The pandemic has taken a toll on the mental wellness of many people around the world, and some experts are concerned about the lasting effects it could have on adolescents and young adults especially.
“The risk for the future is that we have a group who have spent almost a year and a half of their early life in a total blackout, gaining no experience or human capital,” Massimiliano Mascherini, the head of social policy at the EU’s foundation for living and working, told The Guardian. “They may represent a part of the workforce that will suffer throughout their lives.”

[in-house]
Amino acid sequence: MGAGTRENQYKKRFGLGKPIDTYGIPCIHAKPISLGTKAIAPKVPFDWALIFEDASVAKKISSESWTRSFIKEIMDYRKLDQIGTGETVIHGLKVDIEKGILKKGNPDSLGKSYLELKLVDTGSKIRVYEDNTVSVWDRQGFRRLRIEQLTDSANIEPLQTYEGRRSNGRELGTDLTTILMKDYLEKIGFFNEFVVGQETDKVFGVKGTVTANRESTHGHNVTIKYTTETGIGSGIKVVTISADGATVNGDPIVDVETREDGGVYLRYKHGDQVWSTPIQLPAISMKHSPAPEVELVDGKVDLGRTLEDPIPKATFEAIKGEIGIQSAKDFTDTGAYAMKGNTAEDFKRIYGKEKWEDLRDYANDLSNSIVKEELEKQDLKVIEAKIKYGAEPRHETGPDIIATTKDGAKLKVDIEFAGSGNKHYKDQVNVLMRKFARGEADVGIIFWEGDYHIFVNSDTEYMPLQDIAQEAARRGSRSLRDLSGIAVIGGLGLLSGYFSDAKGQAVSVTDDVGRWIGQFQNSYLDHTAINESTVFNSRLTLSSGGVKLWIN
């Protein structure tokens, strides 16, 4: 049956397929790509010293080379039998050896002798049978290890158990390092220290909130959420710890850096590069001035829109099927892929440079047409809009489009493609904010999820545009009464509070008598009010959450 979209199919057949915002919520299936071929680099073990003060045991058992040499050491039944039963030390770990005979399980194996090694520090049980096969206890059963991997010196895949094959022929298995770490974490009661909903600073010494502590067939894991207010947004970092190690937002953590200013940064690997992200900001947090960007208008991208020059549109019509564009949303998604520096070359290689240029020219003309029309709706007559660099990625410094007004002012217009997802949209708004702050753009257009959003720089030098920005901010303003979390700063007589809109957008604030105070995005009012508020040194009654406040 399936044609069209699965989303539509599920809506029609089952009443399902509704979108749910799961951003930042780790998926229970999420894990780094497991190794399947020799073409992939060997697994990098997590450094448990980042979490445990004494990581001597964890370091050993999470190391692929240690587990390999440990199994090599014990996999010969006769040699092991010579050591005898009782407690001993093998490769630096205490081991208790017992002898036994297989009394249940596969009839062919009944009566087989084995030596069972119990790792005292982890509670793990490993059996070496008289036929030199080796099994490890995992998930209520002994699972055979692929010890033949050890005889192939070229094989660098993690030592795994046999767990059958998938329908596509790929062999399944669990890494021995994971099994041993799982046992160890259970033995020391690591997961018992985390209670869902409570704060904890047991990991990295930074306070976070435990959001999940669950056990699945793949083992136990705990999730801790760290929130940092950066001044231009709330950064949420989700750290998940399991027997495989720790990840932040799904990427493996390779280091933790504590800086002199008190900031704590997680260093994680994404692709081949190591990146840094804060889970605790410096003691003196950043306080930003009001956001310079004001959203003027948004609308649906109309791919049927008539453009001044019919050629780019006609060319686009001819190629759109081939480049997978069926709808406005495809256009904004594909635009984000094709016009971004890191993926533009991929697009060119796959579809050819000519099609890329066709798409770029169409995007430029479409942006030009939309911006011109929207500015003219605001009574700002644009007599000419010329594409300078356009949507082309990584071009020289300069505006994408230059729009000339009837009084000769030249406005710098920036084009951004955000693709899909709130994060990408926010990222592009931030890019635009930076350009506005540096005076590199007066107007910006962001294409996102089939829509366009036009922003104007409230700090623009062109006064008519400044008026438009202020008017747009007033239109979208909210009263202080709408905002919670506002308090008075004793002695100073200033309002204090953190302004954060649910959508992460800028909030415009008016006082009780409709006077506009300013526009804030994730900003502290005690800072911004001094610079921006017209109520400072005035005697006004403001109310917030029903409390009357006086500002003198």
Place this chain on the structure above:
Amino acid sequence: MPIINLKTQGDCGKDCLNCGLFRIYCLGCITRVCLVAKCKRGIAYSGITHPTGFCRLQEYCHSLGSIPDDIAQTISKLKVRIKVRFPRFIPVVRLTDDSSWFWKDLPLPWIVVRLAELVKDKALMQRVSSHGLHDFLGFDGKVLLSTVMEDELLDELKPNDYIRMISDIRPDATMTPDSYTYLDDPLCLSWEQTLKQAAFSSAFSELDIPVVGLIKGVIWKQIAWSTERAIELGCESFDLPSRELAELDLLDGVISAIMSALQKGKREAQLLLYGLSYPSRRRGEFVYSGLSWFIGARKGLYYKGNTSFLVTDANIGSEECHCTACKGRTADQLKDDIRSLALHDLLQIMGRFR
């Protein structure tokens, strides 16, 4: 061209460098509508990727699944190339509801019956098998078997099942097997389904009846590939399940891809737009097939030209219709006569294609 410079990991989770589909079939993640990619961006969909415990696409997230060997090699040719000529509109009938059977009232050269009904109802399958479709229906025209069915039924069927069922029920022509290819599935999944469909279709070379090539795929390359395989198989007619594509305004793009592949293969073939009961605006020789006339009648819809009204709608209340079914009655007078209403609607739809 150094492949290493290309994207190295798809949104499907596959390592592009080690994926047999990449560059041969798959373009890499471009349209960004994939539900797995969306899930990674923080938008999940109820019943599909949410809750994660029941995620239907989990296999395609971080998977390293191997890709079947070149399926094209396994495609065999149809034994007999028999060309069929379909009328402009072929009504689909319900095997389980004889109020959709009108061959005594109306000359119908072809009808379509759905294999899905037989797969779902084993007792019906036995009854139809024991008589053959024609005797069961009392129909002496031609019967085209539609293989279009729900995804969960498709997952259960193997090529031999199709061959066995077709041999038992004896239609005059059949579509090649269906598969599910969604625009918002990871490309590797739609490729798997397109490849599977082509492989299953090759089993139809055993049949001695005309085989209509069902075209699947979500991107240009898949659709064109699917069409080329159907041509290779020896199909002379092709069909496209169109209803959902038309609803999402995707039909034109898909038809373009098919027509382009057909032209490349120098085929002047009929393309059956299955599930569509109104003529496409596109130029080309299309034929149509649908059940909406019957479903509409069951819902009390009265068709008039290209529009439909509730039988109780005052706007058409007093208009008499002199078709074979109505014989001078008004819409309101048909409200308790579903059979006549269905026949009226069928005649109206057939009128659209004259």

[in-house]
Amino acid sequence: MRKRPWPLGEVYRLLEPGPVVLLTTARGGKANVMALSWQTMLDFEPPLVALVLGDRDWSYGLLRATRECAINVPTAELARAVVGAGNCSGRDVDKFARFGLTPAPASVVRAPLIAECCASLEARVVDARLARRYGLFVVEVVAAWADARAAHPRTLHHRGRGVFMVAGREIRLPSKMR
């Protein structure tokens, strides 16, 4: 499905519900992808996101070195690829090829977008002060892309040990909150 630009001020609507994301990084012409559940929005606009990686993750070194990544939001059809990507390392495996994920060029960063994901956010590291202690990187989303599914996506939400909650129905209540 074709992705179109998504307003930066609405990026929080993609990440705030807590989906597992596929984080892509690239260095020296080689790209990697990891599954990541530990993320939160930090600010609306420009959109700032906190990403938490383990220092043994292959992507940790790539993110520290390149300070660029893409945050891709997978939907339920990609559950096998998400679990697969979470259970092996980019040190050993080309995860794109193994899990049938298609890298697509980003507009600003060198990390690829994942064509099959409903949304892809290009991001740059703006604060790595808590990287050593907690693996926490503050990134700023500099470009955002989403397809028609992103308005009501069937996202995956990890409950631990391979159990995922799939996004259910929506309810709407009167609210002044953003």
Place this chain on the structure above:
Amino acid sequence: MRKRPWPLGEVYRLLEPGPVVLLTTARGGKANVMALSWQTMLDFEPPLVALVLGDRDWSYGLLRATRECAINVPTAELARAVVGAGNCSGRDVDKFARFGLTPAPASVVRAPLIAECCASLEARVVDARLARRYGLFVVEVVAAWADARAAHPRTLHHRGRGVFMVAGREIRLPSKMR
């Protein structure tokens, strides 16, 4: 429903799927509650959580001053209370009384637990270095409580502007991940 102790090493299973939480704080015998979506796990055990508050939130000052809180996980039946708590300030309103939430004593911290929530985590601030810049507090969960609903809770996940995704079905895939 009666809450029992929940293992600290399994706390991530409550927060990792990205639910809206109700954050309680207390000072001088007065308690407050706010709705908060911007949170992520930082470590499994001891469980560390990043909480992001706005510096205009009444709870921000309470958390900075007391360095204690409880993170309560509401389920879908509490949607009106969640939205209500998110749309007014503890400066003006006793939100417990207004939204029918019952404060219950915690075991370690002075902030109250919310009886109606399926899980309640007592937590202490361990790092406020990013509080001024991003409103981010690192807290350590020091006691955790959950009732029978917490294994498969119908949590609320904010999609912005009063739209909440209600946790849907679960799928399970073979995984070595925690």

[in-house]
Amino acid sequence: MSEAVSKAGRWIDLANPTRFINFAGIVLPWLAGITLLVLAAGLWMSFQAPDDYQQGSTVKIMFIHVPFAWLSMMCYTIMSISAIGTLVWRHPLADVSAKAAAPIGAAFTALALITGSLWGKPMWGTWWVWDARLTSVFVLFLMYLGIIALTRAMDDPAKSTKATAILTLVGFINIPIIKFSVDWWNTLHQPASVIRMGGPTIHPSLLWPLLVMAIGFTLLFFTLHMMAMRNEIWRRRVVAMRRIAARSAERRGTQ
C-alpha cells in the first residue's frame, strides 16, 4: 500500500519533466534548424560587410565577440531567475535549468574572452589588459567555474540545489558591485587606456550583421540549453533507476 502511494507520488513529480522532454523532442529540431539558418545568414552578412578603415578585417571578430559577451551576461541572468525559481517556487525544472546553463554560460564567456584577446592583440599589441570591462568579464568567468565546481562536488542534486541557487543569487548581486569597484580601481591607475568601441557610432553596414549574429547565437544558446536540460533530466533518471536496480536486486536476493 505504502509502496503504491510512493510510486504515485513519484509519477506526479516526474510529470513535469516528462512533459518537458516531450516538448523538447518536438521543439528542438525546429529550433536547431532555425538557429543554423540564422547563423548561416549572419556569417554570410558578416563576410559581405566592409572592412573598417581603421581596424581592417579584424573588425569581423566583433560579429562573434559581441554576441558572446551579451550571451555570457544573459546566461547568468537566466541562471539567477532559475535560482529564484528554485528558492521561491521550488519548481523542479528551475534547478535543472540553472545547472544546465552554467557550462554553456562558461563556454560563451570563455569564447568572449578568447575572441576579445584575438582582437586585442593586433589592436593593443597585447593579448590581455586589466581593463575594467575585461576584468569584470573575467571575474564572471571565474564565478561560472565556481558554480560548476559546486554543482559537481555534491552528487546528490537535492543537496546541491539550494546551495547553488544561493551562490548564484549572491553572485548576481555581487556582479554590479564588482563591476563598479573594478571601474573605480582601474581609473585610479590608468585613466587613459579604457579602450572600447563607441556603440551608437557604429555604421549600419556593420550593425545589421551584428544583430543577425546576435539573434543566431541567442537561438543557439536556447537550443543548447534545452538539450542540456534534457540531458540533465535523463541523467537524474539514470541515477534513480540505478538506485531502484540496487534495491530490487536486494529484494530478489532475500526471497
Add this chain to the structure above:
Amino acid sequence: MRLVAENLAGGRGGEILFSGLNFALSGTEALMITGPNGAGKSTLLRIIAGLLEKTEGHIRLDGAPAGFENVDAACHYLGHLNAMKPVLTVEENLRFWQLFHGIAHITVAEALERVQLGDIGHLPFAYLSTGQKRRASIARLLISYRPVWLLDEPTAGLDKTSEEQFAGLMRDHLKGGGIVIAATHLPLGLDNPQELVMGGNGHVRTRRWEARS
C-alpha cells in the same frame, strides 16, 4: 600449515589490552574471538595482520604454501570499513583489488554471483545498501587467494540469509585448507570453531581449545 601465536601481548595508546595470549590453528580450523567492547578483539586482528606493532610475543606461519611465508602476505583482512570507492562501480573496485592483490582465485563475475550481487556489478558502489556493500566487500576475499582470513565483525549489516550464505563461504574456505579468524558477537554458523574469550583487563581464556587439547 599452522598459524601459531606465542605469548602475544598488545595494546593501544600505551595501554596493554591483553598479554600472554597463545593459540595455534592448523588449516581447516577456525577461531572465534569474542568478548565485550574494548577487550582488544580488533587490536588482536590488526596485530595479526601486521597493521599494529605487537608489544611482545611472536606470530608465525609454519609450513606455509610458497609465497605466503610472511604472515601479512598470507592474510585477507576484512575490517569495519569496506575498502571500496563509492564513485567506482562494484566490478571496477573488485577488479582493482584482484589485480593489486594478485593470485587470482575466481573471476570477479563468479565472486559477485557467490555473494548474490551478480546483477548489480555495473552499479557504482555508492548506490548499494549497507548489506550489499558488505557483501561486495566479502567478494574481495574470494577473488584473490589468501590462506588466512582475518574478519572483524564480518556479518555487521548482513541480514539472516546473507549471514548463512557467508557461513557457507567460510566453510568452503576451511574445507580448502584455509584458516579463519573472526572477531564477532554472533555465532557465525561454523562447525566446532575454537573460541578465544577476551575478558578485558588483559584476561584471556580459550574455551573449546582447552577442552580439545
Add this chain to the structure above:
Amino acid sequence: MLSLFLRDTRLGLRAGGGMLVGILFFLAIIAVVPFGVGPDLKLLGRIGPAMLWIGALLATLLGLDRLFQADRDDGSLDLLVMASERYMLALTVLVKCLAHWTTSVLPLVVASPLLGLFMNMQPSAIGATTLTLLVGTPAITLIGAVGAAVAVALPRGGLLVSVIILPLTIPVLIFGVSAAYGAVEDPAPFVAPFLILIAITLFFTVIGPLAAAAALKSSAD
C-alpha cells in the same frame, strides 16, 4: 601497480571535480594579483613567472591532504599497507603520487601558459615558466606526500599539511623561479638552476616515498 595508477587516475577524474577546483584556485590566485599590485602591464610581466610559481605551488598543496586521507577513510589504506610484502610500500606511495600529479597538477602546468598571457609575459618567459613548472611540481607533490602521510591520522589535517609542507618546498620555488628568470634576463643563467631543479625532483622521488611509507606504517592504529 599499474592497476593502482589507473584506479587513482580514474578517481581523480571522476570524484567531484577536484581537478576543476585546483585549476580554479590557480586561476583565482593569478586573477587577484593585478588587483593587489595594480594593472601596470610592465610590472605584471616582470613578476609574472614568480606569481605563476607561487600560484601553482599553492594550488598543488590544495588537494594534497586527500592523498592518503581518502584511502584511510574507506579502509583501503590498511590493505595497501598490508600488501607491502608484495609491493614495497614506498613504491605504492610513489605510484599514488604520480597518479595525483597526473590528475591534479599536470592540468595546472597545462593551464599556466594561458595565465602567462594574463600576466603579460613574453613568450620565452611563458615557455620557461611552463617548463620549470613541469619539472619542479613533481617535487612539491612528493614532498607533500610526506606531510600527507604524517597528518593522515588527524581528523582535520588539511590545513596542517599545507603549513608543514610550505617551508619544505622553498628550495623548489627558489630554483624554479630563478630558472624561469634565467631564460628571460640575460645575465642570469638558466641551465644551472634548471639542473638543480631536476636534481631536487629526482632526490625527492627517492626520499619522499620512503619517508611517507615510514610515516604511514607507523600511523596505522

A survey by the American Psychological Association (APA) from 2020 found more than 7 in 10 Generation Z individuals reported symptoms of depression and reported the highest level of stress compared to other age groups. “Life cannot be lived in social networks or video calls. We need people around us to make sense of ourselves,” a Dutch student tells The Guardian. “My mental health deteriorated so badly. I had to start antidepressants,” an undergraduate student from the U.K. told the Guardian.